I learned one other tidbit about construction that I will share here. The style below is very common in this part of Europe. I learned that this style of home (especially the smaller ones) were actually mobile homes. Each of the wood beams was numbered and they would be transported when the owner moved to a new city. The open parts between the beams would be filled in with whatever was available locally. It might have been stone, grass, dung, clay, or even simply mud.

In the original homes the area underneath the house was left open. It was not until much later that the ground floor actually had walls.

So that was our visit to Strasbourg. We had a wonderful time walking around the city. The only downfall was that Julie wanted to stay until Monday so that she could take advantage of cheaper prices in France and do some shopping. Monday was a holiday in Switzerland so Julie did not have to work. Since almost every store is closed on Sunday it made perfect sense to stay a little longer Monday. Julie’s plans were thwarted however. I estimate that somewhere around 40% of the stores were also closed on Monday. Not so much the chain or big stores, but a lot of the small shops were closed. Unfortunately, these were also the stores we did our window shopping on Sunday. Oh well, I guess that means we have to go back sometime soon. I am fine with that, there is a lot more to discover.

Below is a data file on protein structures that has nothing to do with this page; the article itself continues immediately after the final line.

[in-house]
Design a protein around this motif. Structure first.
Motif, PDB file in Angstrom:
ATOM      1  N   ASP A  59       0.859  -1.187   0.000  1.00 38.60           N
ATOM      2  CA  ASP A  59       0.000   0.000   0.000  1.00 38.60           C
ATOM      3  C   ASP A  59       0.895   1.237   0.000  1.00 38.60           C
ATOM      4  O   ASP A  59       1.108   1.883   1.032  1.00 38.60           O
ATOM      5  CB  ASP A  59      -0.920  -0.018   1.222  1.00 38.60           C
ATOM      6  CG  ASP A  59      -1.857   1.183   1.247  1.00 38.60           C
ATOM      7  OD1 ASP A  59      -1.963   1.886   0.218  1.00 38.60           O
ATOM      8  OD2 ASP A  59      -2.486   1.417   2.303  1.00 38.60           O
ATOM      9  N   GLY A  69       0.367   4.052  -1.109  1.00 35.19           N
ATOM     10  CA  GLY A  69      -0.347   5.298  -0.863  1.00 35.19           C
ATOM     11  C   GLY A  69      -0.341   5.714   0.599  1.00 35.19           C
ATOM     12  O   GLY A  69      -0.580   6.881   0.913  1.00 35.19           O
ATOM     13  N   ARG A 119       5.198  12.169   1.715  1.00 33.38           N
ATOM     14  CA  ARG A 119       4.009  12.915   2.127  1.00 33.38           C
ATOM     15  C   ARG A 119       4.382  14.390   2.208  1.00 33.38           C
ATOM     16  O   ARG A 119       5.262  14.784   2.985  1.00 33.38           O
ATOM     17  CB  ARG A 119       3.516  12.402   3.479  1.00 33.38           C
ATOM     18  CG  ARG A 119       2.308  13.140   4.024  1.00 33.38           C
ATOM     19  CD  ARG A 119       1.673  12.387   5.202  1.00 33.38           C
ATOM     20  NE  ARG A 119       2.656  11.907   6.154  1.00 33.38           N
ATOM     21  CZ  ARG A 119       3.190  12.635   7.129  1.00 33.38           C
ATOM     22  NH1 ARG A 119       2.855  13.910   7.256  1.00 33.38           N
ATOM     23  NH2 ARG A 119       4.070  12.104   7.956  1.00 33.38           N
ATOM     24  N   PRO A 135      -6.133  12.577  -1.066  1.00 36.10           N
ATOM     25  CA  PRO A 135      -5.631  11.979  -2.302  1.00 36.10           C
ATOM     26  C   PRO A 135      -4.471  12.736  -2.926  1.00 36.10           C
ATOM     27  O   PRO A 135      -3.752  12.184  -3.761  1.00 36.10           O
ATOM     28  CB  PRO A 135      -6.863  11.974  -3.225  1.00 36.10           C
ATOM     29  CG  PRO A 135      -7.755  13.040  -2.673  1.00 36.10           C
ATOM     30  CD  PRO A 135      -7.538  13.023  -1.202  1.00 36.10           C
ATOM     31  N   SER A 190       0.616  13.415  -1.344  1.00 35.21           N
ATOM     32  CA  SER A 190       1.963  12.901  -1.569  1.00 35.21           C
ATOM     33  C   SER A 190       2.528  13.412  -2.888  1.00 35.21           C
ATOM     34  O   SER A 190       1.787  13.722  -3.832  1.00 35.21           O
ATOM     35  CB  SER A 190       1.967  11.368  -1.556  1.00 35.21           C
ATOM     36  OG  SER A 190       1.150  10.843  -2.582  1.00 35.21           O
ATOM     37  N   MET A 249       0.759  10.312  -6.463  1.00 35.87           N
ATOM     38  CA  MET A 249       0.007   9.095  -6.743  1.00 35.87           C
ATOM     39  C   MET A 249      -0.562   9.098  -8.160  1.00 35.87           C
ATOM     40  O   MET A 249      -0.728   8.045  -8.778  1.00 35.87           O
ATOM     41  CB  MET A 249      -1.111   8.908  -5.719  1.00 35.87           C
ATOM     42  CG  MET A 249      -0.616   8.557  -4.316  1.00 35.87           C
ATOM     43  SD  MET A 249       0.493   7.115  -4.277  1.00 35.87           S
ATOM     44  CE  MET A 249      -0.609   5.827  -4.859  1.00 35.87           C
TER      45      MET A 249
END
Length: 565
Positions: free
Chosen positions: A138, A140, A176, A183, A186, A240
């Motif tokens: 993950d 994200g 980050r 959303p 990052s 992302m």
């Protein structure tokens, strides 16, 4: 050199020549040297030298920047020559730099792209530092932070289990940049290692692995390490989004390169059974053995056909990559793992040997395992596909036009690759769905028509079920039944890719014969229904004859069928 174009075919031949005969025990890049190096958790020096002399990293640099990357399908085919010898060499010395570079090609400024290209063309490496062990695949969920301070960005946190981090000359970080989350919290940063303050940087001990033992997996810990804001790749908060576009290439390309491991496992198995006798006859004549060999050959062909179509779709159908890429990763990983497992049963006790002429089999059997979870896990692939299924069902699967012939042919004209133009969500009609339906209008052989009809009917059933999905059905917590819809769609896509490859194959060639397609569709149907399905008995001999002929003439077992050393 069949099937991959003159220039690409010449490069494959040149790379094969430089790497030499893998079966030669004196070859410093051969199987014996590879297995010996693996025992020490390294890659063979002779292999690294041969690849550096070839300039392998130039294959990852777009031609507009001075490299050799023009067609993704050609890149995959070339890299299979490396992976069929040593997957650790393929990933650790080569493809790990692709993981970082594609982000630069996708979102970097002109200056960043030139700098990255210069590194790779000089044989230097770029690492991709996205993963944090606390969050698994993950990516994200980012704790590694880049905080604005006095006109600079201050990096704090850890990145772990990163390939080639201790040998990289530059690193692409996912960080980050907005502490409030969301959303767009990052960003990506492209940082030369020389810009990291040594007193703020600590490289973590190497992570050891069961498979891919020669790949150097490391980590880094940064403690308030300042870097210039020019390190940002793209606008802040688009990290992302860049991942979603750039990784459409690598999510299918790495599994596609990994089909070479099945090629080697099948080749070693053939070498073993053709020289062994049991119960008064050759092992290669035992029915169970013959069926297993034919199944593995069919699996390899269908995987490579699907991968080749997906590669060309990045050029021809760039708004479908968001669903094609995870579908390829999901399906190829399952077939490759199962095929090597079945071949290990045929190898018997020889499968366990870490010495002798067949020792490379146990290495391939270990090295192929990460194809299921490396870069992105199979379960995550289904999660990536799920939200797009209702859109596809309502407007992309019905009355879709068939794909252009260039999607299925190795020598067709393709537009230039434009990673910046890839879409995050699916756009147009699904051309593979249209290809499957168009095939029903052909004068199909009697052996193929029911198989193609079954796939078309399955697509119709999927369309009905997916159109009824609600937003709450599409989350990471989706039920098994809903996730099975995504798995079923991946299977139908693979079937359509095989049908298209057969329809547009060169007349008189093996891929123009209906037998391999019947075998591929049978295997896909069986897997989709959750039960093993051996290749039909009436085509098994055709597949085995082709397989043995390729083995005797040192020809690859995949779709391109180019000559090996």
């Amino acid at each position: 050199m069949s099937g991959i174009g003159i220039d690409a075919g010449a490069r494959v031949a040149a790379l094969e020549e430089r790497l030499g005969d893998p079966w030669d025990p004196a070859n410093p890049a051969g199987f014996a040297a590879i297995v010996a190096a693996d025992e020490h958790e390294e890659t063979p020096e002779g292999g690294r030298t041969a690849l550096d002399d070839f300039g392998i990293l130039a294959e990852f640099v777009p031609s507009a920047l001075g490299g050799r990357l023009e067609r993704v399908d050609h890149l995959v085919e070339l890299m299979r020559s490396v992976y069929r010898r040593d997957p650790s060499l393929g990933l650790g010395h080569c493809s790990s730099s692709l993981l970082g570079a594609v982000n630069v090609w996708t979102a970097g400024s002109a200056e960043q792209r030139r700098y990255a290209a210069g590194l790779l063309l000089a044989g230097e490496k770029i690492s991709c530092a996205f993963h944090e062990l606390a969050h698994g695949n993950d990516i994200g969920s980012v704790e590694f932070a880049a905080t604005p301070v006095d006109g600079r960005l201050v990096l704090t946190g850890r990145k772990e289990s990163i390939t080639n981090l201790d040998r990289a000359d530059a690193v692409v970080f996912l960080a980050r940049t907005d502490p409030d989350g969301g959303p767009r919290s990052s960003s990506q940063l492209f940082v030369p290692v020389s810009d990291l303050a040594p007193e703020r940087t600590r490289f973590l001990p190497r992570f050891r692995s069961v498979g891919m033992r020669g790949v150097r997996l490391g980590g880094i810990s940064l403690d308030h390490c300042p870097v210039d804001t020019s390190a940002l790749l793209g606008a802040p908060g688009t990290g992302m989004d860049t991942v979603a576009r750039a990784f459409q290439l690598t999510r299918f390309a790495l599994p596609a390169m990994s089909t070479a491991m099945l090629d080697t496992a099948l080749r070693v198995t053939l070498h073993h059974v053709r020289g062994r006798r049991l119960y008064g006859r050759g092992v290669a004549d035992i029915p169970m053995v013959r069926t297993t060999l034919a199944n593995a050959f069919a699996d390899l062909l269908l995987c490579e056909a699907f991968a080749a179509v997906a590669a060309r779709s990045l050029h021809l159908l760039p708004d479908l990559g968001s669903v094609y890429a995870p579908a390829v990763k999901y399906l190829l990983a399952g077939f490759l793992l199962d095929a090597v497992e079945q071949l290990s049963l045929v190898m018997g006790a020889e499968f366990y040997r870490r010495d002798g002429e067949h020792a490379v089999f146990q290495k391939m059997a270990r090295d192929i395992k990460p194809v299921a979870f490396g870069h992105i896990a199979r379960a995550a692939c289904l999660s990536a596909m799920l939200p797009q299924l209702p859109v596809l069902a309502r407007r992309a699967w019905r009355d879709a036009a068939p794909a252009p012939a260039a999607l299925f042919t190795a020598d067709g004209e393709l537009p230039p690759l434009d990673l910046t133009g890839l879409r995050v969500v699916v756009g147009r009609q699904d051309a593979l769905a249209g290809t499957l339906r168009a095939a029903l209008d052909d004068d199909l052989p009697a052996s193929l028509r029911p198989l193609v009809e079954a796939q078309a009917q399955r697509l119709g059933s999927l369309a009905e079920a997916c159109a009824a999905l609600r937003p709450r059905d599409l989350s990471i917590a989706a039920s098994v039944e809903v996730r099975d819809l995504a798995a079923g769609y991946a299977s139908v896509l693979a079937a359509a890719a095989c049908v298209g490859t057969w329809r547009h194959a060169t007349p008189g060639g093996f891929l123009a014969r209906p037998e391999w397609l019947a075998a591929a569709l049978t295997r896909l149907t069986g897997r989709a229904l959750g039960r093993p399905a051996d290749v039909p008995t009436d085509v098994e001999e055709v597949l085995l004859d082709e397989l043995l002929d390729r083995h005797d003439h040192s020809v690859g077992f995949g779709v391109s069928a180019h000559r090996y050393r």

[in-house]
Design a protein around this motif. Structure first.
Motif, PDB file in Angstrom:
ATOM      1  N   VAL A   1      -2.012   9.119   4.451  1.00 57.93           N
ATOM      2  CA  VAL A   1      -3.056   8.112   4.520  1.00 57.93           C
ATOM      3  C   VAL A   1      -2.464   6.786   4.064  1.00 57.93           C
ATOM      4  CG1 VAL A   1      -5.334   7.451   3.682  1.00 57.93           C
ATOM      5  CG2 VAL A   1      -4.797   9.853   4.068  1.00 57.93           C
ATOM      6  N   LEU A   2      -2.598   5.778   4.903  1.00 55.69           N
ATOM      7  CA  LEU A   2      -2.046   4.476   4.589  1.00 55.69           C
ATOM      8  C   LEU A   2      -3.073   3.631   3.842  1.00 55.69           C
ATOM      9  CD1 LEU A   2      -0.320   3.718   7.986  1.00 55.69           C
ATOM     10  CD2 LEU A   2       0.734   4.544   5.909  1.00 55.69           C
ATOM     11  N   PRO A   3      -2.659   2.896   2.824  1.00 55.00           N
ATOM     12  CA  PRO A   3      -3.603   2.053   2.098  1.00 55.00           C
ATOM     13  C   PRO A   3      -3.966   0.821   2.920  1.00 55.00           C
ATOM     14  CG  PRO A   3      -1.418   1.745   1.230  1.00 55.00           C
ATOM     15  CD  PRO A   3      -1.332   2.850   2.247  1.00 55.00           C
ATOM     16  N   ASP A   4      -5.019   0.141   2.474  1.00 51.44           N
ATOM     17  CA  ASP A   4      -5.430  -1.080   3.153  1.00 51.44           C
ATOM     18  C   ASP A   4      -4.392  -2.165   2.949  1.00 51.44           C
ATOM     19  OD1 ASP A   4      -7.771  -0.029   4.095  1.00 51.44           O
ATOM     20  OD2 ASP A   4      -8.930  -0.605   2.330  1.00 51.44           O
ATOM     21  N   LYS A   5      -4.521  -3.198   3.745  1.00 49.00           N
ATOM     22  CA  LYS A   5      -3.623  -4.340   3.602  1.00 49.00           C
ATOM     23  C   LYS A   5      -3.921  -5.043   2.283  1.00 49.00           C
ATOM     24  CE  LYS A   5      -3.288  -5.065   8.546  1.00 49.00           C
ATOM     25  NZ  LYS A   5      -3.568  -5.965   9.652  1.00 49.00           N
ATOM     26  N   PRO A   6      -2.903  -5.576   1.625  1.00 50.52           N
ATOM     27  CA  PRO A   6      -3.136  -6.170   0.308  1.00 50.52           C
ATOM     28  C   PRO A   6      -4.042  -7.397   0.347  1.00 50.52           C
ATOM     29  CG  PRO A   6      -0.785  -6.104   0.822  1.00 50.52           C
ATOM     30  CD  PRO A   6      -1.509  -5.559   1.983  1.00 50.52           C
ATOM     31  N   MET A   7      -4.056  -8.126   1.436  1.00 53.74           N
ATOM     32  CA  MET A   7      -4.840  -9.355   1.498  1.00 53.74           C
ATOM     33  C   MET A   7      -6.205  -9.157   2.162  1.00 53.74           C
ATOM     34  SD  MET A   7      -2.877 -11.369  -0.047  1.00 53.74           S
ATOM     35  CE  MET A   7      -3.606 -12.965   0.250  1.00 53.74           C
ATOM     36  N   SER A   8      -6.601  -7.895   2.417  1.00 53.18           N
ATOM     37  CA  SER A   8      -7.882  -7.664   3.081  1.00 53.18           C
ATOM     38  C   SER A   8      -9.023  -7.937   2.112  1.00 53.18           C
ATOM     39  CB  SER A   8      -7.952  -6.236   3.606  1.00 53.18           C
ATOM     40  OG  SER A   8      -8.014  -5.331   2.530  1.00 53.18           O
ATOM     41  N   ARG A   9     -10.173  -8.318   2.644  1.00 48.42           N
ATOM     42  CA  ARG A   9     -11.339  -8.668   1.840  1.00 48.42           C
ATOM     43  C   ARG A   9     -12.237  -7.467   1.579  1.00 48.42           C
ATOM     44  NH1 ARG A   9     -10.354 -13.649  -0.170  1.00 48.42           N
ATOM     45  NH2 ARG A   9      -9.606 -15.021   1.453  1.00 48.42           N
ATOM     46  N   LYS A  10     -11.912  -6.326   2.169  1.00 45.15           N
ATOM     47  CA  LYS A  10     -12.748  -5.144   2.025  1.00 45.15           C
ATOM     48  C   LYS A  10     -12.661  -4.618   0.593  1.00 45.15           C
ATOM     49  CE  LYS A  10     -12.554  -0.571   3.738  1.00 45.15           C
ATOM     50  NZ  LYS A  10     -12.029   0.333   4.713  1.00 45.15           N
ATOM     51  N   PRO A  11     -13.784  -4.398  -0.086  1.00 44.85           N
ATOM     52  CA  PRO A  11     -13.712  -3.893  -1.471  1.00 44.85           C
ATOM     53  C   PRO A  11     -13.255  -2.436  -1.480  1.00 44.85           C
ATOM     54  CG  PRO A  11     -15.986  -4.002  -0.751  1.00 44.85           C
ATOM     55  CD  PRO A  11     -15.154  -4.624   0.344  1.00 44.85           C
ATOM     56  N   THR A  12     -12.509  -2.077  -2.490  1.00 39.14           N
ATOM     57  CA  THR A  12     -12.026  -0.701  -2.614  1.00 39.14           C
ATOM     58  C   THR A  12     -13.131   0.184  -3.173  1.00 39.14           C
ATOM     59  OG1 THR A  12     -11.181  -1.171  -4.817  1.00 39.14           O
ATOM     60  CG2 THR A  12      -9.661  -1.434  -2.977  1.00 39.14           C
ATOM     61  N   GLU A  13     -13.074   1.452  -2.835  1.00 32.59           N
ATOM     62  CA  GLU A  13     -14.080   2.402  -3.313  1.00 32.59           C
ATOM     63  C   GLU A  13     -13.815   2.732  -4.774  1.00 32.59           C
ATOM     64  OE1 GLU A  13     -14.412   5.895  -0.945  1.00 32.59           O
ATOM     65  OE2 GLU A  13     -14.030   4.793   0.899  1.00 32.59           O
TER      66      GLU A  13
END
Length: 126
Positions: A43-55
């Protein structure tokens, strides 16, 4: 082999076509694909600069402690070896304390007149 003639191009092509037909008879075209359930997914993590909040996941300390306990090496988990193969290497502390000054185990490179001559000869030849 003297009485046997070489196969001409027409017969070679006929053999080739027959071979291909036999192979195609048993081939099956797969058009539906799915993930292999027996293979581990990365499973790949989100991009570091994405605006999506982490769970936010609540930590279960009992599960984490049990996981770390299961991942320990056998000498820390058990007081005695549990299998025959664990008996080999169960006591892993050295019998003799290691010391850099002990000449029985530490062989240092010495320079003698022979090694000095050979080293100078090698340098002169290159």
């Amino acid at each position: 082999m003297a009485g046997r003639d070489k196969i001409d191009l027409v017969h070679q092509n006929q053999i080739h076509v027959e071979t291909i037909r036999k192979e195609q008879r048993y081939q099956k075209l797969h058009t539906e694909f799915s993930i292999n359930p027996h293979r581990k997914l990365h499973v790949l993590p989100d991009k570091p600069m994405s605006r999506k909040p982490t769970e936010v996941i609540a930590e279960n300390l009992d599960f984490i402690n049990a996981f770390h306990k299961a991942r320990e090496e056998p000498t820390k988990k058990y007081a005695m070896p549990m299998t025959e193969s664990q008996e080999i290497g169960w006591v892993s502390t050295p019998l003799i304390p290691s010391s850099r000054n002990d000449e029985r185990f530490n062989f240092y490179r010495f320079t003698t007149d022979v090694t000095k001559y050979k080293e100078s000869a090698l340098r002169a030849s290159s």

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22 Juni 2022

It is kind of hard for me to describe how anxious I have been for our visit to Greece. Greece was always in the top of places we wanted to visit. We started to make plans for two years ago, but Covid got in the way. This has worked out really well, because June is one of Julie’s “slow” months. This means she still works a lot, but not as many hours as she will next month because it is one of the months she has a major filing for the company. This holiday is really two parts. We spent a few days in Athens (for me), and as I write this we are on the island of Santorini (for Julie). Don’t get me wrong. Julie enjoyed the history in Athens every bit as much as I, and I am enjoying the black sands on the Aegean Sea as much as her!